deanokat likes this.
  8. deanokat

    deanokat Community Organizer Community Listener

    @irishrose... I totally agree. And that was the case with my son. The threat to cut him off was what he needed to seek out help. Was the decision my wife and I made risky? Absolutely. But sometimes the risk is worth the reward.
  9. BrandonA

    BrandonA Active Contributor

    Ostracism should be a measure of last resort. If the person is actively destroying the relationships they have, then maybe for the sake of protection, yes. But consider that you're cutting the addict off from one of their greatest sources of hope and support. It's an ugly tradeoff.
  10. deanokat

    deanokat Community Organizer Community Listener

    @BrandonA... I understand the other side of the argument, too. But for a lot of addicts, family is not their greatest source of hope and support. Instead it's their greatest source of what they need to continue in their addiction. My wife and I spent about 5 years being as supportive as we possibly could for our son, while he was living with us. But all he wanted was a free place to live, free food, and a source for things he could trade for drugs or money to buy drugs. When it gets to the point where the family is enabling the addict instead of supporting them, and the addict is just taking advantage of the family...well, then it's time to try something new. I tell people not to judge what a parent does with their addicted child until they've walked a mile in the parents' shoes. The difference between saying "This is what a parent should do" and actually having to do something as a parent is huge.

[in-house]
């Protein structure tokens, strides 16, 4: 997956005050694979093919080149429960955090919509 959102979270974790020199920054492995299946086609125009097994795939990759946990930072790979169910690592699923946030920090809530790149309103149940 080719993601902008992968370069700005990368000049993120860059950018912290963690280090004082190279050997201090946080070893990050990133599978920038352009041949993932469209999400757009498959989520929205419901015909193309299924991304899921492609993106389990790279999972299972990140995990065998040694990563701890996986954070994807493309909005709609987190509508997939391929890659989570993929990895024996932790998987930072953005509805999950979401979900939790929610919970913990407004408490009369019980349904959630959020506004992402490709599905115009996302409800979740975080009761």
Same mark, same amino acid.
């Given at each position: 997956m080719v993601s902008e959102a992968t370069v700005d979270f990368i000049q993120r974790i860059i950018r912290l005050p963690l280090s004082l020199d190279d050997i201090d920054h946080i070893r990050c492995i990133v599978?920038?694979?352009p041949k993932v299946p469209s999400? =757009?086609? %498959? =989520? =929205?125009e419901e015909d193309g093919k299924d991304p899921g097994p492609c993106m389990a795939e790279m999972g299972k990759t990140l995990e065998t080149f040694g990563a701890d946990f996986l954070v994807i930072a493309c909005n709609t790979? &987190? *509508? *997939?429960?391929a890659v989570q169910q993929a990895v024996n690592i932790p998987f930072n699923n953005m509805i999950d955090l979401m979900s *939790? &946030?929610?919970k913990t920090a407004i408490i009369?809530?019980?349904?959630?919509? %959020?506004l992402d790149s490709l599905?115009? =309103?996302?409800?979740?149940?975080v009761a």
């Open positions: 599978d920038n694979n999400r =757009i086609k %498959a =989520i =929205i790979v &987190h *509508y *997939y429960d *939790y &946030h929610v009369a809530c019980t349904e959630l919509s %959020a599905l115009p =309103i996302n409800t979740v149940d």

11. Tremmie

    Tremmie Community Champion

    Woah, this is a hard one to be honest. I think it depends on your own character and personality, as well as the situation, same goes for the addict. I mean... would you kick out a son who is an addict and also happens to be a person who has tried to commit suicide. I'd not be so sure what to do... but I'd not like my son to use that in order to manipulate me and force me to enable him, thus creating a really bad vicious circle.
    deanokat likes this.
  12. L_B

    L_B Community Champion

    I really don't think so. You need to be supportive but not an enabler. I don't believe you should ever turn your back on somebody who needs you even if they don't realize how badly they need you. You should never give up on them. You may step back but you never stop loving them. When the time comes that they need you, you need to be there.
  13. JohnBeaulieu

    JohnBeaulieu Community Champion

    This isn't something that anyone here can answer for you. Every situation is unique in this case. I would be strongly cautious about about any advice strongly asserting one action or another here.
  14. LindaBreen

    LindaBreen Member

    It is the difficult question to answer.iF you love some one you can't see that person in difficulty.